SALT LAKE CITY — The organization that's supposed to act as the oversight and "backbone" to the state's new homeless model took some of its first steps Tuesday toward owning and operating the three future homeless resource centers.
Board members of Shelter the Homeless Inc., a private nonprofit that currently owns the Road Home shelter, finalized their plan to request $16 million from the state next month so the board can purchase the three sites for the homeless resource centers and move forward with construction.
The board — which is led by Harris Simmons, chairman and CEO of Zions Bancorp., and includes Lt. Gov. Spencer Cox, Salt Lake County Mayor Ben McAdams and Salt Lake City Mayor Jackie Biskupski — is also in the process of adding new members to represent a more diverse set of interests to help oversee the state's new homeless system.
Of the new members being considered is Josh Romney — a Salt Lake-based real estate developer and son of former presidential candidate Mitt Romney.
"Josh Romney is one of the people that's interested and that the board is interested in as well," confirmed Janell Fluckiger, executive director of Shelter the Homeless, after Tuesday's board meeting.
Since Shelter the Homeless is aiming to have a more active role in managing the resource centers — rather than meeting only once or twice a year as it has done in the past for the Road Home — Fluckiger said the board hopes to have 15 members who represent different community interests that all have a stake in homeless issues, including health care, housing and development, and faith-based philanthropy.
While Romney's possible appointment is still being considered to represent housing and development interests, the board did decide on two new additions Tuesday: Mikelle Moore from Intermountain Healthcare and Jean Hill from Catholic Community Services, the group that manages the St. Vincent De Paul Dining Hall near the Road Home.
Moore and Hill join nine other members, representatives from the Utah Department of Workforce Services, LDS Church Humanitarian Services and the United Way of Salt Lake.
Four more positions on the board are expected to be filled, Fluckiger said. The board's intent is to appoint representatives from South Salt Lake and Midvale in order to represent all of the cities that will be housing the new shelters, as well as a representative for the developer community, the position that could potentially go to Romney.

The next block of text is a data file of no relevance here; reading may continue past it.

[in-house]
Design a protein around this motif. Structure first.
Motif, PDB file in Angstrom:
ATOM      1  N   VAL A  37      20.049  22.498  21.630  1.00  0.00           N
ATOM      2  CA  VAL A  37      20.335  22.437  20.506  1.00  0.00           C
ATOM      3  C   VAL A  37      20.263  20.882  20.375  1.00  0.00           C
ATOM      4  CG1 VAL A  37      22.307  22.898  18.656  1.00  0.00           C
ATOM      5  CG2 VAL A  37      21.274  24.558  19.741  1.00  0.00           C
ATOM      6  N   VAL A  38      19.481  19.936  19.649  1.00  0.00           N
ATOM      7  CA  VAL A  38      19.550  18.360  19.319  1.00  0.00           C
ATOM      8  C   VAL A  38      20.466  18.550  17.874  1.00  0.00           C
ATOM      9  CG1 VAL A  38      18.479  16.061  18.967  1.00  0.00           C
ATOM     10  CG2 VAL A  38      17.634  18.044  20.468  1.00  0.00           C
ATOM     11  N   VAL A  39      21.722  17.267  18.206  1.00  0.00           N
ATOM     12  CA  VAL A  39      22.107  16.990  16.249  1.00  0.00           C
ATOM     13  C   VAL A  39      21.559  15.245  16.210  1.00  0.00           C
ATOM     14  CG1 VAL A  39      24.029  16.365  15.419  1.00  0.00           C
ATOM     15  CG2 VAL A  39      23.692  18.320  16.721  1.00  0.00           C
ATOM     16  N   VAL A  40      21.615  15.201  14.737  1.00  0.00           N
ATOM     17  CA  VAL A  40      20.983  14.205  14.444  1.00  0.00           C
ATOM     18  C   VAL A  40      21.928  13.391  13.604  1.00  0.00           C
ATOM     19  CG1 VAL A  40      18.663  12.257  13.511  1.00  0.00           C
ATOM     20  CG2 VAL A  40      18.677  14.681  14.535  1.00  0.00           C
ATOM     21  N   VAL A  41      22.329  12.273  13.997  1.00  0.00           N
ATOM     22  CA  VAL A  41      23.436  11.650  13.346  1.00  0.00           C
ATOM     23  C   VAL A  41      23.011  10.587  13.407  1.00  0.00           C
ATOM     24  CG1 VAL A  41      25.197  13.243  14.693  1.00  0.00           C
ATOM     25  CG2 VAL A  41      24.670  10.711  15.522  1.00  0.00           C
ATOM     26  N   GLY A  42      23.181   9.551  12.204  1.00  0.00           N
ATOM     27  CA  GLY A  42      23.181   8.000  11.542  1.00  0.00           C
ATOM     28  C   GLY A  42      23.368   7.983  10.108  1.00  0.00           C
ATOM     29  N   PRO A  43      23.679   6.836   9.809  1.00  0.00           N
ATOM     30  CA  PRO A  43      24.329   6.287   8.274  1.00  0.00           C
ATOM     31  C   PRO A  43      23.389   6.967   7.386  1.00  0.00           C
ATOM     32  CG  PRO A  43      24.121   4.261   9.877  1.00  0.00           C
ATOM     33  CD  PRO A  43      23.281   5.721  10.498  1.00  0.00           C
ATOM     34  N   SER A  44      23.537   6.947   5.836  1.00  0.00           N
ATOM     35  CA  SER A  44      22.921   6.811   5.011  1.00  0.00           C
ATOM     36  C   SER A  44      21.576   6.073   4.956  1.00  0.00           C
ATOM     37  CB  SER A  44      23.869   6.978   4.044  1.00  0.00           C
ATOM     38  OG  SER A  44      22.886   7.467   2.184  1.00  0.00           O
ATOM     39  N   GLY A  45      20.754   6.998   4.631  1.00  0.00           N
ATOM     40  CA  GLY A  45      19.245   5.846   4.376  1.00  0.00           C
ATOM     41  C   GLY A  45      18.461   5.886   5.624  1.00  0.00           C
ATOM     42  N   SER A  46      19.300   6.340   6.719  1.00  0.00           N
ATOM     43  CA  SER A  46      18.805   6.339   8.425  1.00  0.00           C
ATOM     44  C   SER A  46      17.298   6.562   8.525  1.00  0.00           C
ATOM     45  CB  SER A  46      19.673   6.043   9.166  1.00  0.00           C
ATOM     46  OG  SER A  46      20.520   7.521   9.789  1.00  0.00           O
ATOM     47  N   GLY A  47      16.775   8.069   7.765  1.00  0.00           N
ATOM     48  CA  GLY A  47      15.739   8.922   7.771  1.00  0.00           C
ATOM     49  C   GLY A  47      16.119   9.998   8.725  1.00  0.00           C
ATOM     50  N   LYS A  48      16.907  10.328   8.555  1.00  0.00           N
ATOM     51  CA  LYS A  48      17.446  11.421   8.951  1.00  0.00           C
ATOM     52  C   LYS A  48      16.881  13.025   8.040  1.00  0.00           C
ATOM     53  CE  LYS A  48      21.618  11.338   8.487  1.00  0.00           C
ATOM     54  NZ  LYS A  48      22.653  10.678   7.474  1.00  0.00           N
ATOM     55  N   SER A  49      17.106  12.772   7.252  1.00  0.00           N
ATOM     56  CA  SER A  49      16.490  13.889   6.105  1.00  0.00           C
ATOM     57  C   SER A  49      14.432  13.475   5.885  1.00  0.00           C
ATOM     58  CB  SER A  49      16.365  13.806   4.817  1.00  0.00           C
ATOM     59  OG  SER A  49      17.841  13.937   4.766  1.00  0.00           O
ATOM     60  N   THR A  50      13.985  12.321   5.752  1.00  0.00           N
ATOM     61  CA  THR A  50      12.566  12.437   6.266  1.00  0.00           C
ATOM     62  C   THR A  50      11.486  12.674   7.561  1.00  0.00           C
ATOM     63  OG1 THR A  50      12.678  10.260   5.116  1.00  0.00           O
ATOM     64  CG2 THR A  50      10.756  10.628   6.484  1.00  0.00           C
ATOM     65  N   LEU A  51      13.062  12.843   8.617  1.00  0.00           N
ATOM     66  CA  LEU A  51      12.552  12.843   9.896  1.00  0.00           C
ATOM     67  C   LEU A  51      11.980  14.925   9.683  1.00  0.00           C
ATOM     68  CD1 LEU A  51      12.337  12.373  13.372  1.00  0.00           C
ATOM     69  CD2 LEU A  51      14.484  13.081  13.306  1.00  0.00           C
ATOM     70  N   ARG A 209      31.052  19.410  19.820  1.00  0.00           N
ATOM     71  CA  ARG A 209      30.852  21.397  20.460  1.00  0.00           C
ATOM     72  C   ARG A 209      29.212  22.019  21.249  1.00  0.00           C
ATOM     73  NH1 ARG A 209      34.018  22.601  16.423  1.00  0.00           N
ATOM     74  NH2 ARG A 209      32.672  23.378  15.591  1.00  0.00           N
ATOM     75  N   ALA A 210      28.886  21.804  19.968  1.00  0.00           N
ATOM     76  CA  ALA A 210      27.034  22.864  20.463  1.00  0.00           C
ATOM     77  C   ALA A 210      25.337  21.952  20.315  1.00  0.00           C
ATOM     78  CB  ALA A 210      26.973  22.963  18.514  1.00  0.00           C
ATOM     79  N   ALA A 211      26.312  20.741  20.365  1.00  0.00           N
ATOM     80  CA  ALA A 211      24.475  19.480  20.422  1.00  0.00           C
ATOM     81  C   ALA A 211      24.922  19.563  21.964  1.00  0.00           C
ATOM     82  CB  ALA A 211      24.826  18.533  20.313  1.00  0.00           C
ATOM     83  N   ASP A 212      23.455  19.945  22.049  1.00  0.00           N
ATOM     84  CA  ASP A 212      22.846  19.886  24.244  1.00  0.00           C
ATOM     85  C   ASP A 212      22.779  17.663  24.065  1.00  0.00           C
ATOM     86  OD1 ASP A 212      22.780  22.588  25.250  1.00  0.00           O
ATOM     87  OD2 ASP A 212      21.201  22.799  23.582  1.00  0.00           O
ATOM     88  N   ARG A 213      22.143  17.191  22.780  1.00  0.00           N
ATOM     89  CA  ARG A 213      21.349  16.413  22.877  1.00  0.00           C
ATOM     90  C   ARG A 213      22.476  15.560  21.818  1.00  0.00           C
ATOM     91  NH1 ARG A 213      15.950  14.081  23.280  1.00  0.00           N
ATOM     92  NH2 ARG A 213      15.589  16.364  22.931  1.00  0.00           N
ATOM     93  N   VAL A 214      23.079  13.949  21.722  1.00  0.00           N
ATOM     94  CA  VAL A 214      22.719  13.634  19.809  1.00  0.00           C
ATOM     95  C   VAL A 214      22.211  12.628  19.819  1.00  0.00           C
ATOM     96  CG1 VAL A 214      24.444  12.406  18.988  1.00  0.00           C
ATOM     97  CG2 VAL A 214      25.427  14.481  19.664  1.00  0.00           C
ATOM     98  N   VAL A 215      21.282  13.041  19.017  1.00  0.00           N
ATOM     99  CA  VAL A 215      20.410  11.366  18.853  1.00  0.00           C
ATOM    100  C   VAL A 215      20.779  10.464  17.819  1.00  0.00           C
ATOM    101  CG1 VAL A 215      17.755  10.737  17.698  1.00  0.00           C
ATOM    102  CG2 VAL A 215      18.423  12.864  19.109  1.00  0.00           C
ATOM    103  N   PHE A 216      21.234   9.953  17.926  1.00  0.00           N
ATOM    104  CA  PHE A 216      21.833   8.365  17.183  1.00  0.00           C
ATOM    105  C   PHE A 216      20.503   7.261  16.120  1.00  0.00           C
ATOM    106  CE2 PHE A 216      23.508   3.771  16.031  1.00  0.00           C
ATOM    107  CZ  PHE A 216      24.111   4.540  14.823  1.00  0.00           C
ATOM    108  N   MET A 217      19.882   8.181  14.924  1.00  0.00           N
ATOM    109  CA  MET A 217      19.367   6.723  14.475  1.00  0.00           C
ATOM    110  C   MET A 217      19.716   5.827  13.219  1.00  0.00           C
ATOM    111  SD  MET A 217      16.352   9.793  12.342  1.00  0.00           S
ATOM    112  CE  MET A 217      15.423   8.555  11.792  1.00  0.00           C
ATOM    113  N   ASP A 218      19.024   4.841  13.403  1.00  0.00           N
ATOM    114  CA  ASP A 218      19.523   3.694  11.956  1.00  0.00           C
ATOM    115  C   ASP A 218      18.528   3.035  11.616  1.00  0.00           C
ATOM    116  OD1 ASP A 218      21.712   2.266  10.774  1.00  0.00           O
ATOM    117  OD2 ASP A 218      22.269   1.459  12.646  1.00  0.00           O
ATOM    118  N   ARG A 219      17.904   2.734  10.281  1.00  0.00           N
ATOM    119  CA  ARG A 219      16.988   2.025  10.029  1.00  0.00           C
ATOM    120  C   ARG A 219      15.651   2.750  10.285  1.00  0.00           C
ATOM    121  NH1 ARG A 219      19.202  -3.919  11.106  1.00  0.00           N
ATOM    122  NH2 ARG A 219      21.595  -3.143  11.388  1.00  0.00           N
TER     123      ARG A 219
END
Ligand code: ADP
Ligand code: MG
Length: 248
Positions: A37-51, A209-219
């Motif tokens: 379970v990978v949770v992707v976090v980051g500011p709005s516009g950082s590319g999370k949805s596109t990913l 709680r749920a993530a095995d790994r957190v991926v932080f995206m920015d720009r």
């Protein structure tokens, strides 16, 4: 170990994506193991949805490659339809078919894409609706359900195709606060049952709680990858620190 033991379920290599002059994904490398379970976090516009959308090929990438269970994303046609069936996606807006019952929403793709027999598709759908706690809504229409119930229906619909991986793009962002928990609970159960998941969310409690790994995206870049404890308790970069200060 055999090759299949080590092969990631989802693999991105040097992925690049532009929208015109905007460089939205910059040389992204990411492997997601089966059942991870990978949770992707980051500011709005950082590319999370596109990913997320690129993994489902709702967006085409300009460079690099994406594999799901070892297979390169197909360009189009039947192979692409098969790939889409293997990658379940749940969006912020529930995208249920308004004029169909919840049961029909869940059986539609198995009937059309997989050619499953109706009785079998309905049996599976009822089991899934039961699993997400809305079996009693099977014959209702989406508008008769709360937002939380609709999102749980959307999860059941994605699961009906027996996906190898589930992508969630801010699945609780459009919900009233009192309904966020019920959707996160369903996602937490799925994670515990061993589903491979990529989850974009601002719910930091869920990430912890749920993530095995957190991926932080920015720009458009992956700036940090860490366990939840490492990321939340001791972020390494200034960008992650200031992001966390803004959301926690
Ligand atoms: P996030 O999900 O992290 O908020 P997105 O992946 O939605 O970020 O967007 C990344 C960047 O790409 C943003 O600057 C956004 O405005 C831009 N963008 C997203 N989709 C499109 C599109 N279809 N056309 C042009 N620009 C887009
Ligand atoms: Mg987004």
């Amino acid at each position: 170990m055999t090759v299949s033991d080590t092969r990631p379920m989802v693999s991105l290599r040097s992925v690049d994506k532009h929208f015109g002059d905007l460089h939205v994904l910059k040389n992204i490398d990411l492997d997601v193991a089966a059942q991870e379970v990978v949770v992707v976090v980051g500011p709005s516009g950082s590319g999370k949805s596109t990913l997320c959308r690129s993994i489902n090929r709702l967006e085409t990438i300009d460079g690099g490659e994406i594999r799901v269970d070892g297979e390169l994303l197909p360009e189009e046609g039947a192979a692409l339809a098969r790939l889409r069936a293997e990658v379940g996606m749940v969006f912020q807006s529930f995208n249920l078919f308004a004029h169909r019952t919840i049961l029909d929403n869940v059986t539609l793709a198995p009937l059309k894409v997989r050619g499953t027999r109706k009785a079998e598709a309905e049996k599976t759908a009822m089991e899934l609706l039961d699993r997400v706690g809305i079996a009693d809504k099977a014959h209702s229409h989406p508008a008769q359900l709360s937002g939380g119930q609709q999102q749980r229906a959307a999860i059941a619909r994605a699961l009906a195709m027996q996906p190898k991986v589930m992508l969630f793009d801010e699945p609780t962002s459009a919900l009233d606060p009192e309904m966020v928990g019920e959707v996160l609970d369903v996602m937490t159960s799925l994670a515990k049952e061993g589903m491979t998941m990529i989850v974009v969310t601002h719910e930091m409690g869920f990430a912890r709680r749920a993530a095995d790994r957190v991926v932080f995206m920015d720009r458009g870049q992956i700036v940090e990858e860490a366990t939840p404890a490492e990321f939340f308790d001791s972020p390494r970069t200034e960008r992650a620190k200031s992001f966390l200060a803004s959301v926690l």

Fluckiger noted the board is being mindful of potential conflicts of interests when making its new appointments. She said there is still a handful of applicants being reviewed.
"We are trying to do a system change here," Fluckiger said. "So we need people who aren't just focused on within homeless services, that understand the broader picture of what's going on in the community."
McAdams said up until now there's been "no formal mechanism" for coordination and collaboration between the city, state and county on homelessness issues — which is why the county's Collective Impact on Homelessness Committee has called for a "backbone" organization to coordinate services and hold service providers accountable to goals in the future.
"We want to make sure we have the ability to shape the services to our (goals) set by Collective Impact," McAdams said.
There are still many details that need to be ironed out before the new homeless resource centers open and The Road Home closes in June 2019, as required by the state law that provided $20 million in one-time funding to help build the resource centers.
Those details include what service providers will operate the new shelters, what role The Road Home will play in the future and which populations will be served where.
"That's part of the ongoing conversation," Fluckiger said.
It is expected, however, that the Shelter the Homeless board will be using about $16 million in state funds to acquire the sites after that funding is approved by the state's Homeless Coordinating Committee on May 10.
The board isn't requesting all $20 million from the state because $1 million is being set aside for the mobile health clinic to serve the three facilities, $2 million for overflow contingency planning and $1 million for a Murray detox facility, Fluckiger said.